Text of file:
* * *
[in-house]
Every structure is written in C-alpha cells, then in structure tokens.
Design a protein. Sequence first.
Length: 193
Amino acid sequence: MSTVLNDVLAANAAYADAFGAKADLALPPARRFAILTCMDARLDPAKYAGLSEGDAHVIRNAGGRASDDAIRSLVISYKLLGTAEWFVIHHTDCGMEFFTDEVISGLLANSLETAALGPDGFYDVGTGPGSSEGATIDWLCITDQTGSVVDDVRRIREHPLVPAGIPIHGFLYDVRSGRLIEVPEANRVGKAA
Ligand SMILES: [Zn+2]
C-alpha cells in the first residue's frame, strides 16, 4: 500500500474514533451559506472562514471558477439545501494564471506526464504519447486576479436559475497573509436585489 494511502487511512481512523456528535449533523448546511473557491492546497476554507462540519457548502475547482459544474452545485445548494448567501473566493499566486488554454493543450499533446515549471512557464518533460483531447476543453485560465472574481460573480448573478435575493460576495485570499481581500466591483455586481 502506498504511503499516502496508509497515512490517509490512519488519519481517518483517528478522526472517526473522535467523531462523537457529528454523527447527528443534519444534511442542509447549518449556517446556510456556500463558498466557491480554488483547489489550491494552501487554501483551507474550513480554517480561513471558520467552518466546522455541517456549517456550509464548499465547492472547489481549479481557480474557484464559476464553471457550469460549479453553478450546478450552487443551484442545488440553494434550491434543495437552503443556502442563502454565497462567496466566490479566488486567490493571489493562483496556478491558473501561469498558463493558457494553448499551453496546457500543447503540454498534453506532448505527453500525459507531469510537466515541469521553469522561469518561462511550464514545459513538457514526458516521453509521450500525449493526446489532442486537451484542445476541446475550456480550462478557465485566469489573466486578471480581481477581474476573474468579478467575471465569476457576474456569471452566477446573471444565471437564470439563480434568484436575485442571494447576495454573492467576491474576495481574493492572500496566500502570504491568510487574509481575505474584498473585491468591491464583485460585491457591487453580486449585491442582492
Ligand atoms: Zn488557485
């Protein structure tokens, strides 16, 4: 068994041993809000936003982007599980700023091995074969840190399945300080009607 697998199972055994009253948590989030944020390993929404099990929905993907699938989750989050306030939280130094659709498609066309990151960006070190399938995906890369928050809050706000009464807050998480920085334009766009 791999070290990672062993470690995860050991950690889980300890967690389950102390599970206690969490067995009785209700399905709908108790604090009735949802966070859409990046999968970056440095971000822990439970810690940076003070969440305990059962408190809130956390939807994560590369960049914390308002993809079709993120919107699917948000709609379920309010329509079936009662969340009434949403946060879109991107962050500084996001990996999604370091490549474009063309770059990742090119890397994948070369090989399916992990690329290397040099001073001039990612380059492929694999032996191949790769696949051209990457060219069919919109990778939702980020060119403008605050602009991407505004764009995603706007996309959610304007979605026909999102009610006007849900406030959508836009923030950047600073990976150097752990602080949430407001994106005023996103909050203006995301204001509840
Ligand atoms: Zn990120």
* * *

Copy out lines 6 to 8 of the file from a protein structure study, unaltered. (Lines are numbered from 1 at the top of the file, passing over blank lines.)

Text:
Ligand SMILES: [Zn+2]
C-alpha cells in the first residue's frame, strides 16, 4: 500500500474514533451559506472562514471558477439545501494564471506526464504519447486576479436559475497573509436585489 494511502487511512481512523456528535449533523448546511473557491492546497476554507462540519457548502475547482459544474452545485445548494448567501473566493499566486488554454493543450499533446515549471512557464518533460483531447476543453485560465472574481460573480448573478435575493460576495485570499481581500466591483455586481 502506498504511503499516502496508509497515512490517509490512519488519519481517518483517528478522526472517526473522535467523531462523537457529528454523527447527528443534519444534511442542509447549518449556517446556510456556500463558498466557491480554488483547489489550491494552501487554501483551507474550513480554517480561513471558520467552518466546522455541517456549517456550509464548499465547492472547489481549479481557480474557484464559476464553471457550469460549479453553478450546478450552487443551484442545488440553494434550491434543495437552503443556502442563502454565497462567496466566490479566488486567490493571489493562483496556478491558473501561469498558463493558457494553448499551453496546457500543447503540454498534453506532448505527453500525459507531469510537466515541469521553469522561469518561462511550464514545459513538457514526458516521453509521450500525449493526446489532442486537451484542445476541446475550456480550462478557465485566469489573466486578471480581481477581474476573474468579478467575471465569476457576474456569471452566477446573471444565471437564470439563480434568484436575485442571494447576495454573492467576491474576495481574493492572500496566500502570504491568510487574509481575505474584498473585491468591491464583485460585491457591487453580486449585491442582492
Ligand atoms: Zn488557485